December 31, 2022

Negative Cash Flow across two Continents

Bear market

“You make most of your money in a bear market, you just don’t realize it at the time.”

Shelby Cullom Davis, American Investment firm founder, 1909 – 1994

We all remember the first bear market with our own skin in the game. I did not own a single stock, index or mutual fund at the time, but a bear still took away my entire – albeit tiny – accumulation of net worth, danced on it and laughed at me.

When my Cash was still Flowing

Back in the day, when I still lived in London, a bear rampaged louder in England than in America. A scheduled tax change had a surge 20 and 30-somethings rushing across the line into home ownership just before laws changed and a deduction went away. I was one of them. I gathered my cash into a pile, put 10% down and prepared myself for a lean year or two.

Eking out my Trickle of Cash

After buying the property, I found myself living month to month. Cash was stretching itself out, rather than flowing. Then the music stopped. What had been a stampede of buyers turned to an empty plain of For Sale signs.

One year into the bear, and the gap between market value and what I owed was equivalent to a year of my salary. In the wrong direction. “Negative Equity” is just words until you actually live it. I had bought a condo with 10% down and the place was now worth way less than I owed on the mortgage. If I could have kept going with the original payments it would not have been quite so painful, but my mortgage was variable. I stopped opening the envelopes somewhere north of 7%. The money still drew from my checking account, and my credit card balance reflected it.

Today, Tech salaries are considered ‘amazing’. Back then, they were good, but far from great. I had an engineering degree, I was 3 years into working as a coder and I was broke, broke, broke.

Desperately Seeking Cash

I was single and unable to afford a social life. Or new clothes. I sold my car and could barely fund my train pass. So I showed up for my day job, ‘quiet quit’ at 5pm and took myself off to a night job. This was long before the gig economy so I was back working in restaurants in the same district where I had worked through school and college. I looked on the bright side. It kept me warm, provided a fake social life, paid for my dinner every night and supplemented my income.

A couple years later, my job moved and I was given an opportunity to go with it. All the way to California, which would be a great move for me. But the bear market still shadowed me and the property was still valued at much less than I owed on the mortgage. Selling was not an option, as I had no way to bridge the gap. As I saw it, my choices were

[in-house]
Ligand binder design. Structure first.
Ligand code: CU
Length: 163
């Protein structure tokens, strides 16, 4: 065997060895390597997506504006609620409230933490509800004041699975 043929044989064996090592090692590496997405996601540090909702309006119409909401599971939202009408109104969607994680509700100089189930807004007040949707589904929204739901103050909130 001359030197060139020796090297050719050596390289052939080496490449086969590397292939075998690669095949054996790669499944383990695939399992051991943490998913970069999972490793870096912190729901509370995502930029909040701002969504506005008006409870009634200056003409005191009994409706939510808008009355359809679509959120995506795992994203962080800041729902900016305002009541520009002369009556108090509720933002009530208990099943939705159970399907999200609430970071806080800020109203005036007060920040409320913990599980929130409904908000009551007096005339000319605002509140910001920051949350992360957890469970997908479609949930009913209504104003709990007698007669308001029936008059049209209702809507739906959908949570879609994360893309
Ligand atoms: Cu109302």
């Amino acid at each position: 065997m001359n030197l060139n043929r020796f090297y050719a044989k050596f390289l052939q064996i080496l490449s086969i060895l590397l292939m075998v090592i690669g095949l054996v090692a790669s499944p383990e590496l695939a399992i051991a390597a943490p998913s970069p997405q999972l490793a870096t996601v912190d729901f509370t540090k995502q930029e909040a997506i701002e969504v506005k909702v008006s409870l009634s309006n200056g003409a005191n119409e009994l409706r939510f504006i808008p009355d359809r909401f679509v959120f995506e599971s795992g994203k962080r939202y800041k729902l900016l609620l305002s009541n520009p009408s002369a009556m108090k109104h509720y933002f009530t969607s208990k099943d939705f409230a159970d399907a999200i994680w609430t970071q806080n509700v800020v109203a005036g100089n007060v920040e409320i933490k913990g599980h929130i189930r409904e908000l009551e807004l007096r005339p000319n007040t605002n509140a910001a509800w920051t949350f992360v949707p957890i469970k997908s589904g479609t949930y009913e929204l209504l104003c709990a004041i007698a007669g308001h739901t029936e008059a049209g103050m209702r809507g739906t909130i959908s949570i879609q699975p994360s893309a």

1. Stay there and lose the opportunity.
  2. Walk away, enter foreclosure and declare bankruptcy.
  3. Keep the property and rent it out for about 75% of its monthly costs.

Option (3) would obviously be a stupid choice for someone considering a ‘buy to let’. But as a person who already owned the place and just wanted to get on with my life, it felt like my best and only option.

That’s when the bear came back to demand I hand over cash. Month after month after month

Negative Cash Flow

For my first couple years in California, I wired money back every month to cover the shortfall. I caught the bus to work, while my tenant back in London drove around in a car worth more than the equity I had lost.

It took three years for the rent to increase and mortgage interest decrease enough to break even. Me and that mortgage co-existed like irritated divorcees still tied together by a pet. We were on separate continents, legally tied, but each in our own space with less and less contact every year. The condo never turned into a great positive cash flow for me but nearly 10 years later, a new property boom came to the UK.

Cash Flowing Downhill in the Right Way

To my shock I was finally able to sell it for double what I had paid. In all that time, the cash flow had never really turned into a noticeable income stream. But the equity had slowly recovered, cautiously grown, then suddenly exploded. In a plot twist, I had married another Brit with his own underwater London flat. When the market came back, we sold that one too. We took the proceeds and turned them into a ski condo. Funnily enough, there are bears there too. Real Ones. Right outside. Where they really ought to stay. Here are some of those bears trying to get into my life:

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